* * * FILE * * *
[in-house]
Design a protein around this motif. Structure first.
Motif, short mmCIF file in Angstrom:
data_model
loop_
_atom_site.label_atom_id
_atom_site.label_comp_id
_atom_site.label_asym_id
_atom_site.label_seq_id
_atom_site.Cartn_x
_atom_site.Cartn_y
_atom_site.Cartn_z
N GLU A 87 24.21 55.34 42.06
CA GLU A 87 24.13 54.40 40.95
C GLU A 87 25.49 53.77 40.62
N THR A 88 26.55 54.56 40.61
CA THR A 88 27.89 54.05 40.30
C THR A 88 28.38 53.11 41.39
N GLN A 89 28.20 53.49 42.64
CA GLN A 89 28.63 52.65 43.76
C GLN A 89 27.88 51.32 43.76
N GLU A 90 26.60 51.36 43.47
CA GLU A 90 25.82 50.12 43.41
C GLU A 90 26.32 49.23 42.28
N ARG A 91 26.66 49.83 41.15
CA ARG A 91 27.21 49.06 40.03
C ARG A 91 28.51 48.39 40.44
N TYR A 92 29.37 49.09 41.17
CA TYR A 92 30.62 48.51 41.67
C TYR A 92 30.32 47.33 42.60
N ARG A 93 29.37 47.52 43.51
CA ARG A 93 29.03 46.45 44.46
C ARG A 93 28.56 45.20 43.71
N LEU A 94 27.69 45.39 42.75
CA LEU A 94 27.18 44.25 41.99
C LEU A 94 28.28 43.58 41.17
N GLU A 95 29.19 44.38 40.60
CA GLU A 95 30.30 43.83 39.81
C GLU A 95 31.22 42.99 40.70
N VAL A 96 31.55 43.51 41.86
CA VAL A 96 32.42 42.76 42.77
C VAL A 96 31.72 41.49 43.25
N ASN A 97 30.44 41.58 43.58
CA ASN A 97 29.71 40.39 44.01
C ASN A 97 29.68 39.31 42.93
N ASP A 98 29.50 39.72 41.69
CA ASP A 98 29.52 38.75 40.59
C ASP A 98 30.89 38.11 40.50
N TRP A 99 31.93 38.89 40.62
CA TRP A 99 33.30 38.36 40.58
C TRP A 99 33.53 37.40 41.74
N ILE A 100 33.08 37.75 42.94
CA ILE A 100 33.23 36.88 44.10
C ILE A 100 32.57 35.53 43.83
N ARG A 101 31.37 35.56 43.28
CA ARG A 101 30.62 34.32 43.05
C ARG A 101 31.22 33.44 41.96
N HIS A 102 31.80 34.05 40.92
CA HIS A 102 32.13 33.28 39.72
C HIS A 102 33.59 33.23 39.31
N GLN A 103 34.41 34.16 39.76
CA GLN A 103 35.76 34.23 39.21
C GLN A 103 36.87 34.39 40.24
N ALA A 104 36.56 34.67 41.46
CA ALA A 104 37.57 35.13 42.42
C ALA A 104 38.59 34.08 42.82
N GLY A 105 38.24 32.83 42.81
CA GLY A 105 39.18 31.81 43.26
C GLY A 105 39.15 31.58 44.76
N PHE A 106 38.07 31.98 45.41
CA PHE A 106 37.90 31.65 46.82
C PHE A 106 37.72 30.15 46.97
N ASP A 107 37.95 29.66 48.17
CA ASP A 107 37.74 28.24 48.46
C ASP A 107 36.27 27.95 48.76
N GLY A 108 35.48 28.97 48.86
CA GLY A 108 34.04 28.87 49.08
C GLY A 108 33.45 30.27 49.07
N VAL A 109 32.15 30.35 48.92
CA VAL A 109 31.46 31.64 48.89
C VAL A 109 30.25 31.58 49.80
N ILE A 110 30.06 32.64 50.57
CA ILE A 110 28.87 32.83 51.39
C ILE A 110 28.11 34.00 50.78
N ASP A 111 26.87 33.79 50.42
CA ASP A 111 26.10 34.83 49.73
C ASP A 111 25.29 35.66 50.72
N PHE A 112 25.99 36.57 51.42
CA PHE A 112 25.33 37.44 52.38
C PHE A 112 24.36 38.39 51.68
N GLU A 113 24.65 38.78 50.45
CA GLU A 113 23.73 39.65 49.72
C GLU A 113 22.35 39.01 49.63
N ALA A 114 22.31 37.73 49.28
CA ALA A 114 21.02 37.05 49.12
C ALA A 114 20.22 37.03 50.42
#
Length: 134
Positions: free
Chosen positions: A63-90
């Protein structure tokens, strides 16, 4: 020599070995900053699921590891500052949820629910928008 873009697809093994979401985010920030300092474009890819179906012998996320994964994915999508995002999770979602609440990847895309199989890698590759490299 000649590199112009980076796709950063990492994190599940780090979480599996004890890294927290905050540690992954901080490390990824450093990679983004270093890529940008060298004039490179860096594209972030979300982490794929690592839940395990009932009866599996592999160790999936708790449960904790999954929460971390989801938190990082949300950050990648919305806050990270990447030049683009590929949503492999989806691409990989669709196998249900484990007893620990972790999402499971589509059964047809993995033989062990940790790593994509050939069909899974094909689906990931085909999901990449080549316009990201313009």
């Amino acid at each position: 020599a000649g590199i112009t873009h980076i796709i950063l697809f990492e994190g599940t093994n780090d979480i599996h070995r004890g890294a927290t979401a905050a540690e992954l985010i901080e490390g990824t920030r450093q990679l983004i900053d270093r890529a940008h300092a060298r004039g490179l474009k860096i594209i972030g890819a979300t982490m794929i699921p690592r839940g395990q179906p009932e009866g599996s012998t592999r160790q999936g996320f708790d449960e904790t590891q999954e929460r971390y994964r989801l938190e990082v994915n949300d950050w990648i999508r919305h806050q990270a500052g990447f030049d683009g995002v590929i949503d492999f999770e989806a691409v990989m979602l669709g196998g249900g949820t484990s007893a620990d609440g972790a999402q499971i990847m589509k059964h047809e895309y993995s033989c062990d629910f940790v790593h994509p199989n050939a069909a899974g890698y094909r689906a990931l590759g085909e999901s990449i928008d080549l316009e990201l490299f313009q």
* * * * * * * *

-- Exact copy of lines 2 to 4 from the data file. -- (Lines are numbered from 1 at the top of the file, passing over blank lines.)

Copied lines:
Design a protein around this motif. Structure first.
Motif, short mmCIF file in Angstrom:
data_model